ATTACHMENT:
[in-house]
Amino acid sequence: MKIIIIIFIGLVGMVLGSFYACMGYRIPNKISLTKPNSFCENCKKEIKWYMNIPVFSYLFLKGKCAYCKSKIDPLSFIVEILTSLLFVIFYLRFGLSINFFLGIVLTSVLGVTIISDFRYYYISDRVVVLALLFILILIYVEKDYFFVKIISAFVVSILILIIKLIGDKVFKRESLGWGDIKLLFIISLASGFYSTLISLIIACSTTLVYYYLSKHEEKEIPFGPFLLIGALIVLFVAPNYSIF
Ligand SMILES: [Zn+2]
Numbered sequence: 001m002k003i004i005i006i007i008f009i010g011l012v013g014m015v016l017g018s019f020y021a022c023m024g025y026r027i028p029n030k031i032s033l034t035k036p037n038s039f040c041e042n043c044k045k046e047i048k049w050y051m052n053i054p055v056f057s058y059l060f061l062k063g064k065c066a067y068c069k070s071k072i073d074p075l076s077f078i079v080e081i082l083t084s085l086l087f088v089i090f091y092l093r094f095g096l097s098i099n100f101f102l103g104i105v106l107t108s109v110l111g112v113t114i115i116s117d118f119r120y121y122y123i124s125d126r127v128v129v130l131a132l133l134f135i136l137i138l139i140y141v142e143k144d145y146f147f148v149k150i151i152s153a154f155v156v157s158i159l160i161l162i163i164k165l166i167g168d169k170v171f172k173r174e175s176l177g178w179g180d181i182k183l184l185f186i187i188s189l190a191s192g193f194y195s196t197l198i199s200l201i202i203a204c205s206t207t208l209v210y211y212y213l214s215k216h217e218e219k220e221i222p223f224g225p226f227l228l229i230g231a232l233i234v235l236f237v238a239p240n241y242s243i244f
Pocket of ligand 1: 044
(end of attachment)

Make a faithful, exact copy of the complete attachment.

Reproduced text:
[in-house]
Amino acid sequence: MKIIIIIFIGLVGMVLGSFYACMGYRIPNKISLTKPNSFCENCKKEIKWYMNIPVFSYLFLKGKCAYCKSKIDPLSFIVEILTSLLFVIFYLRFGLSINFFLGIVLTSVLGVTIISDFRYYYISDRVVVLALLFILILIYVEKDYFFVKIISAFVVSILILIIKLIGDKVFKRESLGWGDIKLLFIISLASGFYSTLISLIIACSTTLVYYYLSKHEEKEIPFGPFLLIGALIVLFVAPNYSIF
Ligand SMILES: [Zn+2]
Numbered sequence: 001m002k003i004i005i006i007i008f009i010g011l012v013g014m015v016l017g018s019f020y021a022c023m024g025y026r027i028p029n030k031i032s033l034t035k036p037n038s039f040c041e042n043c044k045k046e047i048k049w050y051m052n053i054p055v056f057s058y059l060f061l062k063g064k065c066a067y068c069k070s071k072i073d074p075l076s077f078i079v080e081i082l083t084s085l086l087f088v089i090f091y092l093r094f095g096l097s098i099n100f101f102l103g104i105v106l107t108s109v110l111g112v113t114i115i116s117d118f119r120y121y122y123i124s125d126r127v128v129v130l131a132l133l134f135i136l137i138l139i140y141v142e143k144d145y146f147f148v149k150i151i152s153a154f155v156v157s158i159l160i161l162i163i164k165l166i167g168d169k170v171f172k173r174e175s176l177g178w179g180d181i182k183l184l185f186i187i188s189l190a191s192g193f194y195s196t197l198i199s200l201i202i203a204c205s206t207t208l209v210y211y212y213l214s215k216h217e218e219k220e221i222p223f224g225p226f227l228l229i230g231a232l233i234v235l236f237v238a239p240n241y242s243i244f
Pocket of ligand 1: 044